This Friday night, Blake Bortles, one of the most celebrated football players in school history, will be enshrined in the UCF Athletics Hall of Fame. Blake was a quarterback at UCF from 2010 to 2013 and was the third overall pick in the 2014 NFL Draft.
Below is the link to Bortles being selected in the NFL Draft. Due to NFL copyright, it cannot be embedded in this article.
Bortles was barely recruited as a quarterback from Oviedo High School, a short drive from UCF. Jeff Driskel, the quarterback at rival Hagerty High School, was the guy who caught all the attention. As a result, Bortles flew under the radar. He only received five offers and schools were more interested in the then-6-4 Bortles being a tight end than quarterback. UCF offered him as a quarterback and in August of 2009, and Bortles committed to UCF.
Bortles was a member of the 2010 UCF Knights, but was overshadowed by highly-touted recruit Jeff Godfrey, who led UCF to their second conference championship and first bowl win. In 2011, Blake started seeing the field more and progressively gained favor in the eyes of head coach George O’Leary. He never started any games, but he was becoming more productive than Godfrey. By 2012, Bortles became the full time starter and Godfrey moved to wide receiver.
In 2012, Blake began to create his legacy. The team was talented and just a little seasoning short of being national contenders. It was the school’s final season in Conference USA. A comfortable win against Ball State in the St. Petersburg Bowl served as a springboard to what would be the best season in UCF history at the time.
Blake was solid during the 2012 season, going 251/399 for 3059 yards with 25 touchdowns and only 7 interceptions.
It was in 2013 that Bortles cemented his legacy as one of the greatest football players in UCF history. The Knights, in their first season in the American Athletic Conference, took advantage of their one and only season in a BCS automatic qualifying conference, sweeping the conference schedule en route to a conference championship and helping UCF get their first bid to a major bowl game, the Fiesta Bowl. The Knights would ice the cake by defeating Baylor in the 2014 Tostitos Fiesta Bowl 52-42.
Fiesta Bowl defensive MVP Terrance Plummer had this to say about Blake:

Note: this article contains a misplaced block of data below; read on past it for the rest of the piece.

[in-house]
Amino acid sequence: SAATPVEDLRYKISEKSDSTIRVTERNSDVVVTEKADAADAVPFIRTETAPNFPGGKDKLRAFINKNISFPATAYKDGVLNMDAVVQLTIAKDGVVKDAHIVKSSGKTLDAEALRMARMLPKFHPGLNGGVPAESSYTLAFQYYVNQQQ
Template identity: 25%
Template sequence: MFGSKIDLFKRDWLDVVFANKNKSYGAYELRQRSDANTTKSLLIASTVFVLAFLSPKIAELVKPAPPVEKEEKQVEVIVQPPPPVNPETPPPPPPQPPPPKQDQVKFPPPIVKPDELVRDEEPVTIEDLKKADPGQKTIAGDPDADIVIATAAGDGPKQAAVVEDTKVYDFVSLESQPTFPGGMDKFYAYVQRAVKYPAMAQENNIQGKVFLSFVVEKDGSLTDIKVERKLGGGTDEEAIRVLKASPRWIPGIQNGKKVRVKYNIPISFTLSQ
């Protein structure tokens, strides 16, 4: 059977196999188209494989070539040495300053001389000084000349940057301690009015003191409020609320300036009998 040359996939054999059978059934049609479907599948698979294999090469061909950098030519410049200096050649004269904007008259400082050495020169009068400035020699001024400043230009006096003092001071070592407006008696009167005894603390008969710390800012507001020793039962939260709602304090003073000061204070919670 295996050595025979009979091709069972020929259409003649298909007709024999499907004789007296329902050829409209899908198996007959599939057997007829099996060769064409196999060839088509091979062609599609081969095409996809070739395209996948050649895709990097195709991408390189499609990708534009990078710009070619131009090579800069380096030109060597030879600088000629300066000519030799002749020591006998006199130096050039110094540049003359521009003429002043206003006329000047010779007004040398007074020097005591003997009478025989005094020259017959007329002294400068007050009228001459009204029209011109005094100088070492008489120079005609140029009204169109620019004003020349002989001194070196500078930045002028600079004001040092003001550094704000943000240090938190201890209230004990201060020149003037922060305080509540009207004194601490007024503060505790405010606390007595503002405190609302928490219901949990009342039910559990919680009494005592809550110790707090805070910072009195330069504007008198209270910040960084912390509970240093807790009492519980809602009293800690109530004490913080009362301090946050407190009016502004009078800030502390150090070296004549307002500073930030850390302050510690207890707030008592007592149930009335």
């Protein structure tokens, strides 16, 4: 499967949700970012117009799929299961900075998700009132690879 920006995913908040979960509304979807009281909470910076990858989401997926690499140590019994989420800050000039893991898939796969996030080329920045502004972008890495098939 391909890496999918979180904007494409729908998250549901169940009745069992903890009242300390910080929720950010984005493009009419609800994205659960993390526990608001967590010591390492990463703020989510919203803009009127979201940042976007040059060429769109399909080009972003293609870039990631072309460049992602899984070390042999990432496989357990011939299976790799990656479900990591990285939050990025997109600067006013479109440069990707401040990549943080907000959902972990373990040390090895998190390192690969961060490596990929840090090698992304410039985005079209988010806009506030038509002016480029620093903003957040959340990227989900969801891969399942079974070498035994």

“B5 is a legend and so glad he was our QB and leader for when we first came on a major stage of college football and prove ourselves right about what KNIGHTS are about.”
Blake was the offensive MVP that day.
The 2013 team was known Kardiac Knights, a spin off the Cleveland Browns’ Kardiac Kids from the 1980 season, a team that would routinely find themselves in a tight spot late in games and just find ways to win. Eight of UCF’s thirteen games were decided by a touchdown or less. On more than one occasion, Bortles had to help the team come back to win, highlighted by upsetting Teddy Bridgewater and his Louisville Cardinals on a nationally televised Friday night game.
“One thing we knew as an offense, as long as #5 is back there we will always have a shot, whether we were winning or losing the O-line would look at you and you would give a head nod and at that moment we always knew we were good,” said Torrian Wilson, UCF’s starting left tackle during that 2013 season.
Statistically, Bortles had a great 2013, going 259/382 for 3,581 yards with 25 touchdowns and 9 interceptions.
It was Blake’s ability to find ways to win, along with his physical gift of his size and deceptive running abilities that caught the attention of the NFL. He was selected by the Jacksonville Jaguars with the third overall pick in the NFL Draft, the highest draft position in UCF history.
Blake finished his career at UCF going 585/891 for 7,598 yards with 56 touchdowns and 19 interceptions. His record as a starter was 22-5. He was on the team for two conference championships — Conference USA in 2010 and The American in 2013 — along with two C-USA East Division titles in 2010 and 2012.
Blake also has the distinction of being the only quarterback in UCF history with back-to-back bowl victories. He is in the top ten in UCF history in a number of categories, including passing attempts (7th), completions (5th), yards (6th), touchdowns (6th), passing efficiency (2nd), completion percentage (2nd), yards per attempt (3rd), total offense (6th), and touchdowns responsible for (6th).
For more on this year’s UCF Athletics Hall of Fame Class. Check out the special edition of Knight Shift we did on this year’s class and who could be possible candidates in the future.